MasterChef winner shares recipes, Gospel

Baptist Press
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Posted: Oct 05, 2011 5:52 PM
MasterChef winner shares recipes, Gospel
NASHVILLE, Tenn. (BP) -- Since winning Fox's MasterChef contest last year, Whitney Miller has been sharing her love of food with her first cookbook, but new recipes and satisfied taste buds aren't all this southerner wants to spread.

The Mississippi cook is using her fame to share the Gospel.

MasterChef is a cooking reality show hosted by Gordon Ramsay, celebrity chef and owner of several award-winning restaurants.

The show's harrowing finale, where Miller had to prepare and cook a second piece of chicken in less than 10 minutes after dropping her first piece, aired last September and is one of several moments during the show that she says is evidence of God's protection in her life.

"There's so many times I knew the Lord's hand was over me because I don't think I would have made it through the whole competition without Him," Miller, a member of Temple Baptist Church in Hattiesburg, Miss., told Baptist Press.

Ramsay, the show's head judge, told Miller -- who was 22 at the time -- that she was too young during her audition. Now she has turned that snub around and encourages other young men and women.

Every time she signs a copy of her new cookbook, "Modern Hospitality," she writes "1 Timothy 4:12," which says: "Don't let anyone look down on you because you are young, but set an example for the believers in speech, in life, in love, in faith and in purity."

"I really love the opportunity that through the book I can use that as a witness," Miller said.

Miller and her family are cautious about how she is portrayed, a concern that almost caused her to refuse signing the basic reality TV contract that said the show's producers could depict her any way they wished. However, the show's executive producer promised her that cameras would only film on set and how she acted in front of them was how she would be shown onscreen, she said.

Even after the show, Miller is careful with her actions because she does not want to do anything that would discourage people from the Gospel. For example, she refuses to be a part of events held in casinos.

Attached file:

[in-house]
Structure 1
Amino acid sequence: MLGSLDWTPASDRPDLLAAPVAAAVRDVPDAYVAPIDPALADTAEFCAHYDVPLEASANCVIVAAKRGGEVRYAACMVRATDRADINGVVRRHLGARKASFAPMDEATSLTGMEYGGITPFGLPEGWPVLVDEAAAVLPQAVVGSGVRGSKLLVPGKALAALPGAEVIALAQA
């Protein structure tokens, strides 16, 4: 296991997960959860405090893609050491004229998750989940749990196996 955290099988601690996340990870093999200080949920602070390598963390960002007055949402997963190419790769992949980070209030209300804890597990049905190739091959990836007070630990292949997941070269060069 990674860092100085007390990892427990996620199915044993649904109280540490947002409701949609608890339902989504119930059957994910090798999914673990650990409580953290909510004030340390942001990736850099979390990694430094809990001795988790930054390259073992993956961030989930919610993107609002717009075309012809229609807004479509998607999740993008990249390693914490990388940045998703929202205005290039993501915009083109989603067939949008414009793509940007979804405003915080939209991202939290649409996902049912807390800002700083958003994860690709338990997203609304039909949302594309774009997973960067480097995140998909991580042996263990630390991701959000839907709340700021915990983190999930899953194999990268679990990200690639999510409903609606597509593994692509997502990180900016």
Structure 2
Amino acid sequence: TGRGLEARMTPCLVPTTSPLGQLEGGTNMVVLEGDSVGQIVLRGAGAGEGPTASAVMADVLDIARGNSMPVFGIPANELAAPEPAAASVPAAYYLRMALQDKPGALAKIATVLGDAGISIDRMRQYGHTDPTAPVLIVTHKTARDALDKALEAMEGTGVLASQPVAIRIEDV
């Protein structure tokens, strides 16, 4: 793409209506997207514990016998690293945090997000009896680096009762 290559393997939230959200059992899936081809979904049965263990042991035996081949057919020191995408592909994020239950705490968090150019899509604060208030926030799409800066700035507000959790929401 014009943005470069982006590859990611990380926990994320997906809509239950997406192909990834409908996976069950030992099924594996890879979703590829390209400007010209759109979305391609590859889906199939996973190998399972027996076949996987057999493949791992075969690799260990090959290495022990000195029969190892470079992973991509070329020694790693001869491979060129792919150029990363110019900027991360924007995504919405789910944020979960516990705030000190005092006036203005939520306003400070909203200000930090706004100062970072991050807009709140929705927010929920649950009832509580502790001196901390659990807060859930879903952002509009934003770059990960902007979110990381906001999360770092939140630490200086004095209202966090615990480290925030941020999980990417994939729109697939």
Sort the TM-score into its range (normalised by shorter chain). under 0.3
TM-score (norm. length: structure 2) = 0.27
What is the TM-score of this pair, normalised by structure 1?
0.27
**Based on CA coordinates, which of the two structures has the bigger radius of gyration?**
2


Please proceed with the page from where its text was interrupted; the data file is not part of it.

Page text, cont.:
"I have my morals and values and I stand on those," Miller said. "If money is put towards me or whatever, I don't sway from my beliefs."

Miller's cookbook, which mentions her faith in the introduction, is not just a way for her to encourage others and share Christ's love. It is the fruition of her childhood dream.

"It's been a big dream of mine since I was young to be able to put a cookbook out," she said. "It's southern classics but with my own modern twist."

However, Miller said she knows her success does not come from herself. She attributes it to God and said her first step in all of her endeavors has been prayer.

"Anything that I do I just pray over it, and before I even started the cookbook I just prayed that it would be something that people could really use and not just something that was put up," she said.

She asked God to make her a servant and show her people who do not believe, and He did, she said. During her cookbook tour, she met people with different nationalities, cultures and religions and was able to share the Gospel with them.

Her life can be hectic and unpredictable, which she relishes because it forces her to realize that she is not the one in control.

"On a daily basis I know I have to be in the Word because it's the foundation for everything," she said. "I know that I just have to have faith that the Lord does have a plan for me."

Miller studied nutrition in college and said her next aspiration is to encourage families to bring their children into the kitchen. Hopefully by doing so, children can learn about produce and other healthy cooking tips that can help them make better, more nutritious decisions as they get older, she said.

"Being a resident of Mississippi, it's not exactly known for being the healthiest state, so if I can help with that, that is really one of my passions," she said.

Whitney Jones is a student at Union University in Jackson, Tenn., and was an intern with Baptist Press.

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